every Jewish building has, of course, a tell-tale identifying sign: a mezuzah on the right-hand doorpost. The custom of Jerusalem’s Jews was to carve a hollow out of the stone doorpost and place the scroll of the mezuzah inside, plastering over it so that only the Hebrew letter shin was visible. When the Arabs usurped the Jewish property in the Old City, they hacked out the mezuzot, but in most cases they did not bother to fill in the hollows…one could walk through the ‘Moslem Quarter’ and identify the many buildings which belonged to Jews. (Lately, the Arabs got wind of this, and filled in the hollows or totally replaced the tell-tale stones)”.

Kudos to Israel’s High Court for rejecting the NGO petition.

Basically the court ruled that the state needs to do its job. Vandals, rioters, and inciters to violence can be lawfully detained, while everyone else can enjoy their celebratory day.

Memo to Councilman Margalit: in a democracy you have to resist the temptation to shut down the free speech and association rights even of those who you think are jerks.

Responses to the Israeli Supreme Court Decision  

The Times of Israel has featured two blogs (here and here) that show the range of viewpoints; they’re both worth reading.

Yehuda Kurtzer, President of the Shalom Hartman Institute of North America, finds the outcome “deeply disappointing”:

The triumphalist and inevitably racist character of the march is beneath the dignity of what could be Zionism’s noble goals and accomplishments, and makes explicit how the juxtaposition of celebrating a military victory with the language of religious superiority can together become a dangerous breeding ground for fundamentalism”.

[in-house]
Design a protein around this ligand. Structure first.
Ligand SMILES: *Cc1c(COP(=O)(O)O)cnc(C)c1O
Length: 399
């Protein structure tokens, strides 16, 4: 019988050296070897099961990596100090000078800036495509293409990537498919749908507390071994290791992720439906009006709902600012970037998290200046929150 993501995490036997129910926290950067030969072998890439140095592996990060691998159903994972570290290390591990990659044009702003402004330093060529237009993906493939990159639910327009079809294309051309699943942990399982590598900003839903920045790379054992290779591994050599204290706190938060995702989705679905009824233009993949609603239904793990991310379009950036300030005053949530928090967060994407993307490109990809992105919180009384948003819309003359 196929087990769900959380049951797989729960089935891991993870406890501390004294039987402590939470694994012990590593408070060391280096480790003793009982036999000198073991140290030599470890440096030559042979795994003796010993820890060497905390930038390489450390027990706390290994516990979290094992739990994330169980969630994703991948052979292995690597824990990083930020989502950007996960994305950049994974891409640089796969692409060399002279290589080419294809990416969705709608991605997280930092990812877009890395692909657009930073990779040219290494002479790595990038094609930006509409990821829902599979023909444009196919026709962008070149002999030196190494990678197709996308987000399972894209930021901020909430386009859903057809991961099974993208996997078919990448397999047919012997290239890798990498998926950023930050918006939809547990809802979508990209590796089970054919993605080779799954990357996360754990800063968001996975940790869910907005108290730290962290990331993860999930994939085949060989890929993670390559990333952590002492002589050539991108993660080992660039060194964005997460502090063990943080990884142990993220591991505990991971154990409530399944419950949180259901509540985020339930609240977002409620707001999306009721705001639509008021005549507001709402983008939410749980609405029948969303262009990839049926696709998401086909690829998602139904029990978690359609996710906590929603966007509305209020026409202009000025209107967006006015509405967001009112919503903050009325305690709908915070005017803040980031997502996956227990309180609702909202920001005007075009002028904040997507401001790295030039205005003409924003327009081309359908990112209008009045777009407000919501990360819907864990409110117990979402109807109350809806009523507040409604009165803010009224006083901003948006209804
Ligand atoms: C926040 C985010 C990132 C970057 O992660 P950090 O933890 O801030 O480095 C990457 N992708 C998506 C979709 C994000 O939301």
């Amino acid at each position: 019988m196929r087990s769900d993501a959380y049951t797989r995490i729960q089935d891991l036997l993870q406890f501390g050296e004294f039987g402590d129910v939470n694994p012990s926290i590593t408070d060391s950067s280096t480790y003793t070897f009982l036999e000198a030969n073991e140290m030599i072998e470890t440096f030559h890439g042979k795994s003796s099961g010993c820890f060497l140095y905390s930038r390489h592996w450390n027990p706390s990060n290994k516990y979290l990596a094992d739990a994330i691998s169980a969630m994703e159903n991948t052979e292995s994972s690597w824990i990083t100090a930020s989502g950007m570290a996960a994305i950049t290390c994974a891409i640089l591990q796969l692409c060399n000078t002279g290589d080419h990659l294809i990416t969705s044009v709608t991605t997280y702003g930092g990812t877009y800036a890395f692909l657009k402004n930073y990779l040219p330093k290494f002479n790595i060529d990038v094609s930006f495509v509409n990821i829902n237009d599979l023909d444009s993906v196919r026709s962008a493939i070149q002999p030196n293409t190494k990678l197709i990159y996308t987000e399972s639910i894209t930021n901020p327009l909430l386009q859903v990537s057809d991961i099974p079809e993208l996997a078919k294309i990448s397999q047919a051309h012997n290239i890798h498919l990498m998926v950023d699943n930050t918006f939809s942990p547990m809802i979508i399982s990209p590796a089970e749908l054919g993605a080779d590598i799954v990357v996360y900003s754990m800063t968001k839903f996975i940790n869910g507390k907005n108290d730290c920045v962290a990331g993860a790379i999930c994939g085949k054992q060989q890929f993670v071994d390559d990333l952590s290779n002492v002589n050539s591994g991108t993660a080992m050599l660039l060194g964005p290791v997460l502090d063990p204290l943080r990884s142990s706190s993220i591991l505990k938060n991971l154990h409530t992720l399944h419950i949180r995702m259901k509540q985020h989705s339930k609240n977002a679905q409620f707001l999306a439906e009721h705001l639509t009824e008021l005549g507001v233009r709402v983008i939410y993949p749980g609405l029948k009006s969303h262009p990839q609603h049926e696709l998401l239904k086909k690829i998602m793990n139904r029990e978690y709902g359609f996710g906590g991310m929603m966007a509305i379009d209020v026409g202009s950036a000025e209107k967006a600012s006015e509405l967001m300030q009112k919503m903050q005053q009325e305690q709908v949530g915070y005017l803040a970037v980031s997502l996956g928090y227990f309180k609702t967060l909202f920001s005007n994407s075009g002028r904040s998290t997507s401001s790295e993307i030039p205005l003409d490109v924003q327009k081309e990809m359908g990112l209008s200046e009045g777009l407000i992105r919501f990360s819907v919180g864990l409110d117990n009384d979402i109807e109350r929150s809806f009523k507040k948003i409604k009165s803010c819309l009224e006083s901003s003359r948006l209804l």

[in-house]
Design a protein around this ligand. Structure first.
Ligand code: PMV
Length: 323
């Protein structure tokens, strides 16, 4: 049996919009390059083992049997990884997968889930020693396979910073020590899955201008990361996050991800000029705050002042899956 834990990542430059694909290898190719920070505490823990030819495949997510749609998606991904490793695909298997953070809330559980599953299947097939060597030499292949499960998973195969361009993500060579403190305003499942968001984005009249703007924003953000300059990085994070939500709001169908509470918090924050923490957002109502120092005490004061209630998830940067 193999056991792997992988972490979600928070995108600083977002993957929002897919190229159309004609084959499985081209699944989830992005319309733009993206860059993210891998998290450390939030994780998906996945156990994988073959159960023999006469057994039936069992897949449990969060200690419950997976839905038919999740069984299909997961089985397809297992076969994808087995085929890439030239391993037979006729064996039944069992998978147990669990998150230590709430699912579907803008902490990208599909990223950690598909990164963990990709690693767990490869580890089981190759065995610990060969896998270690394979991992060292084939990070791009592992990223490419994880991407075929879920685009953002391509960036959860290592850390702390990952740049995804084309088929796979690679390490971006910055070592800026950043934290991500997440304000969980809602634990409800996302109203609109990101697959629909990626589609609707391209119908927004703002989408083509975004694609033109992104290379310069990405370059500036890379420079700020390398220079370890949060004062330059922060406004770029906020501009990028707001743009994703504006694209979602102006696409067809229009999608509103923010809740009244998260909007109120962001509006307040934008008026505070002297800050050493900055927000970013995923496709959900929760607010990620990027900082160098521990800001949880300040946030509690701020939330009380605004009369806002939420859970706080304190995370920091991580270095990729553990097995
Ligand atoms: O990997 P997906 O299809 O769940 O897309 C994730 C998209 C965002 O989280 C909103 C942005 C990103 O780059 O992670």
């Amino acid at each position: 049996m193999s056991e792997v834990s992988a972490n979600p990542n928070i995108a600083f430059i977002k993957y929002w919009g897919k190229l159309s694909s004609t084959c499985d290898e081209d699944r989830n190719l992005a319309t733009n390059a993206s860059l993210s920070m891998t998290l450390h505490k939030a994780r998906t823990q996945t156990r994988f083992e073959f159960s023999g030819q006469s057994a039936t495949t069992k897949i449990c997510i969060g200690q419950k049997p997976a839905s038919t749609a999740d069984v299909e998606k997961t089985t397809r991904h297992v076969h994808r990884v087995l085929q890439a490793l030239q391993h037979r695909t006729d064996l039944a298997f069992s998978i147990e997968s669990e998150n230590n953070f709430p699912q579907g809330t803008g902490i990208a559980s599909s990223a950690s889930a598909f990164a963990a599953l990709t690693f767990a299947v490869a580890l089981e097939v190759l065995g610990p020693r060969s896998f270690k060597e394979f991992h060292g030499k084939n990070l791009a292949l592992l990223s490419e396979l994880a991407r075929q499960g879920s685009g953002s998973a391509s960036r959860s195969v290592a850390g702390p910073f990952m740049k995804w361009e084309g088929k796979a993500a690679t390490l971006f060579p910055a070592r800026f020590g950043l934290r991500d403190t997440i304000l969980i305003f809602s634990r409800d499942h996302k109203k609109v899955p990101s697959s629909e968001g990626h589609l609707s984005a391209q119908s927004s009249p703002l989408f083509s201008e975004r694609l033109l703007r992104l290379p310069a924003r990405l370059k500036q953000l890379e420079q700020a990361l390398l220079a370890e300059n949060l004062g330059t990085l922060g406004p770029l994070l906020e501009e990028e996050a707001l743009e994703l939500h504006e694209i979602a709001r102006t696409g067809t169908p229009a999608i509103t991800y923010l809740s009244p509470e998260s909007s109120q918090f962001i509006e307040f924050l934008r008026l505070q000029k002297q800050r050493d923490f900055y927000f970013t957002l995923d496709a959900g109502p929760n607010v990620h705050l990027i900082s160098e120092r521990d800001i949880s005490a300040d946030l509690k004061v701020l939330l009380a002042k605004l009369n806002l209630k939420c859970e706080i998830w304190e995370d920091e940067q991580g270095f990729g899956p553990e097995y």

In another post I offered a variety of reasons to celebrate Jerusalem Day. None of them had anything to do with “parading [Jewish] superiority” over a “losing minority”.

Kurtzer also misses the mark in comparing Israel’s Supreme Court ruling with the N.Y. case involving Pamela Geller and the Metropolitan Transit Authority. Say what you will about the value of an anti-Hamas advertising campaign on N.Y. city buses. But what does a bunch of pumped up adolescents screaming some odious mantras on Jerusalem’s public streets have to do with exposing Hamas’s heinous brutality and murderous Jew-hatred—as Geller is trying to do with her bus ads?

In any event, the courts were right in both cases.

But the real problem is that Kurtzer just isn’t in a partying mood.

He admits that Yom Yerushalayim is a “big deal” for the Jewish people, but he’s still deeply ambivalent about it (he writes “this is just not a Jewish holiday that I celebrate”).

So he’s decided to “create a meaningful discourse” by spending his Sunday indoors, cloistered behind the closed doors of his synagogue in a “Day of Study”.

To each his own, I guess. It’s certainly appropriate to spend the day in quiet contemplation.

But we Jews have enough holidays when we’re stuck inside the synagogue (sorry, Rabbi).

Young Michael Rainsbury, who works for World Bnei Akiva and made aliyah a few years ago, has a better attitude.

Like Kurtzer, he’s also unhappy about the “provocative actions of some marchers” and is “rightly horrified” by the racist chanting (“Death to Arabs!”) that has marred the Flag Parade in previous years.

But he says that:

this picture does not reflect the majority of the parade, and that so many (including myself) are hugely inspired by a sea of young people dancing peacefully in the streets of Jerusalem…To those who argue that Jews have the right to hold a celebratory march through any part of our capital city, I agree wholeheartedly—on condition that the march is peaceful in nature and respectful to those not marching…The reunification of Jerusalem and the restoration of the holiest of Jewish sites under Israeli control constitutes one of the most joyous moments in the history of the Jewish people. This is in itself miraculous, yet the fact that Jews were unable to visit these sites prior to the war only enhances the feeling of religious liberation…The messages of the day are of recognizing God’s hand in history, appreciating the significance of our holy sites and wondering at how our millennia-old yearning for Jerusalem has materialized before our very eyes.”

[Featured Image: Jerusalem Day 2008, Old City]

Miriam F. Elman is associate professor of political science at the Maxwell School of Citizenship & Public Affairs, Syracuse University.